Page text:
The 15-Minute City: An Extraordinarily Bad Idea

The latest urban planning fad to sweep across Canada is the 15-minute city, which proposes to redesign cities so that all urban residents live within an easy, 15-minute walk of […]
Published on March 28, 2024

The latest urban planning fad to sweep across Canada is the 15-minute city, which proposes to redesign cities so that all urban residents live within an easy, 15-minute walk of schools, retailers, restaurants, entertainment, and other essentials of modern life. This is supposed to simultaneously reduce greenhouse gas emissions while it increases our quality of life.

Some think it is a conspiracy. Others insist it is not. Conspiracy or not, the only way to have true 15-minute cities would be to drastically change Canadian lifestyles.

Fifteen-minute cities mean a lot more people living in multifamily housing and fewer in single-family housing. It means most food shopping would be done in high-priced, limited-selection grocery stores. There is no way that Costcos or even large supermarkets can fit into 15-minute cities; to survive, these stores need a lot more customers than could live within a 15-minute walk from their front doors.

Most of the benefits claimed for 15-minute cities are wrong. Proponents claim they would be more affordable, but high-density, multi-story housing costs two to five times as much, per square foot, as single-family homes. Packing people into four- and five-story apartment buildings would require cutting average dwelling sizes at least in half to make them anywhere close to affordable.

Proponents also claim 15-minute cities would save energy and reduce greenhouse gases and other pollutants. But let’s be honest: people aren’t going to give up their cars or stop going to Costco.

Admittedly, the U.S. Department of Energy says that people living in high-density cities do drive a little less than people in low-density areas. But it also says that there is a lot more congestion in high-density cities. Since cars use more energy in slower traffic, high-density cities use more energy (and therefore emit more greenhouse gases) per capita than low-density areas.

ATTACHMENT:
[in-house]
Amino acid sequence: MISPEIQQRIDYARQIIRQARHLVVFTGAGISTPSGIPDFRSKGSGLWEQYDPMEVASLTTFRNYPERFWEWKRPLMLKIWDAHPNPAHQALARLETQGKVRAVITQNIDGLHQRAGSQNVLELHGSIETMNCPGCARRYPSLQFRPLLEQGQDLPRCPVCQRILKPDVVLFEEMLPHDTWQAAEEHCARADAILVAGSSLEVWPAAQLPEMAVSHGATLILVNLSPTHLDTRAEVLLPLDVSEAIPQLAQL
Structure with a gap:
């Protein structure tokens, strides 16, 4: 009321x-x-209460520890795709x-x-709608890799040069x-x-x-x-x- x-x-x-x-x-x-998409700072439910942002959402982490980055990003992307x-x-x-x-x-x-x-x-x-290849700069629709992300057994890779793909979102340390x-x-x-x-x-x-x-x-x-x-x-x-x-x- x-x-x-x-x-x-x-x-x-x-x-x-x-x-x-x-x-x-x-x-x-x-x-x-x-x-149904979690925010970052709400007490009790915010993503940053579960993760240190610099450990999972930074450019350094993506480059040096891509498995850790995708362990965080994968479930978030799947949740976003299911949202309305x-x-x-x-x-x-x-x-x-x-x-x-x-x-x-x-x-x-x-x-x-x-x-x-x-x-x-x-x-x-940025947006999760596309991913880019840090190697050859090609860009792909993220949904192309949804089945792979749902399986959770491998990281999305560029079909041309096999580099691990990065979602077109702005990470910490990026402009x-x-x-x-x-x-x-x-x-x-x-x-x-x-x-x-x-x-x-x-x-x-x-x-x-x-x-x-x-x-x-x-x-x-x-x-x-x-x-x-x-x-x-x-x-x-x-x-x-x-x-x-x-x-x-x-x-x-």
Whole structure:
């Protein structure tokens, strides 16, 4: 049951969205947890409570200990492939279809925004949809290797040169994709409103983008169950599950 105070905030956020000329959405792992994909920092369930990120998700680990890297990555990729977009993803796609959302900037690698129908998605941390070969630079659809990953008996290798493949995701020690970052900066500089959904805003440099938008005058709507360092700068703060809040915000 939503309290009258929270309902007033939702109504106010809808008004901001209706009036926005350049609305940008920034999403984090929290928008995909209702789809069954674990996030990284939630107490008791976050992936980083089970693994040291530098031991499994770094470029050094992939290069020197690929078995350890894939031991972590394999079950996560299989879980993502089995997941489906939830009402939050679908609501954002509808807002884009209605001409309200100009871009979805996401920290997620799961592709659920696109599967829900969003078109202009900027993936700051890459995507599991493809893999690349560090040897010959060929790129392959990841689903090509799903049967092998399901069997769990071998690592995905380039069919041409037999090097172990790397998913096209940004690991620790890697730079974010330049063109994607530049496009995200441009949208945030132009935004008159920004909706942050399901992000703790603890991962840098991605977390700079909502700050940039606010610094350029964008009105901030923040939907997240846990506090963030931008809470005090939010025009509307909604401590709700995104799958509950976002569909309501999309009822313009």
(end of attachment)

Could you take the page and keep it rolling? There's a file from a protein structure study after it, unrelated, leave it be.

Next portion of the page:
Proponents also claim that 15-minute cities will be more equitable. Yet, before about 1890, most Canadian cities were 15-minute cities. Most people in these cities lived in crushing poverty and there were huge disparities between the rich and the poor, with only a small middle-class in between.

What changed these cities was the mass-produced automobile. The Model T Ford democratized mobility, allowing more people to escape the dense cities to find better housing, better jobs, access to lower-cost consumer goods, and a wider range of social and recreation opportunities.

The University of Minnesota Accessibility Observatory calculates that the average resident of the New York urban area—the closest thing to a 15-minute city in the U.S. or Canada—can reach at least 21 times as many jobs in a 20-minute auto drive as in a 20-minute walk. The same will be true of other economic opportunities. Eliminating the automobile, which is the goal of the 15-minute city, would eliminate those economic benefits.

We had this same debate 50-some years ago when urban skies were polluted with carbon monoxide, smog, and other toxic automobile emissions. Some people advocated policies that would force people to drive less. Others advocated new technologies that would reduce the air pollution coming from autos and trucks.

Today, total automotive air pollution has been reduced by about 90 percent. All this improvement came from cleaner cars: new cars today pollute only about 1 percent as much as cars made in 1970. None of this improvement came from anti-automobile policies, as Canadians drive far more miles today than they did 50 years ago.

If anything, policies aimed at reducing driving made pollution worse as one of those policies was to increase traffic congestion to get people out of their cars. Yet, as noted above, cars actually pollute more in congested traffic.

Anti-automobile policies today, including 15-minute cities, spending billions on rail transit lines that carry only a small percentage of urban travel, and converting general street lanes into exclusive bike lanes, are going to have the same effect.

People who care about the planet should demand policies that actually work and not ones that are based on urban planning fantasies and fads. Instead of attempting to drastically change Canadian lifestyles, that means making cars that are cleaner and more fuel-efficient so that the driving we do has a lower environmental impact. The 15-minute city may not be a conspiracy, but it is still an extraordinarily bad idea.

 

Randal O’Toole is a transportation policy analyst and author of Building 21 st Century Transit Systems for Canadian Cities, an upcoming report published by the Frontier Centre for Public Policy.

Watch Randal on Leaders on the Frontier here.

Featured News

MORE NEWS

Scotland’s Crazy Anti-hate Law May Be Sign Of Things To Come Here

Scotland’s Crazy Anti-hate Law May Be Sign Of Things To Come Here

Some argue that Scotland’s new hate speech law is more draconian than Canada’s yet-to-be-enacted equivalent, Bill C-63. Others say this is not so — that portions of '63' are even greater threats to free speech than Scotland’s extreme new law. Regardless of who wins in...

Higher Capital Gains Taxes Cap Off a Loser Federal Budget

Higher Capital Gains Taxes Cap Off a Loser Federal Budget

New taxes on capital gains mean more capital pains for Canadians as they endure another tax-grabbing, heavy-spending federal deficit budget. Going forward, the inclusion rate increases to 66 per cent, up from 50 per cent, on capital gains above $250,000 for people and...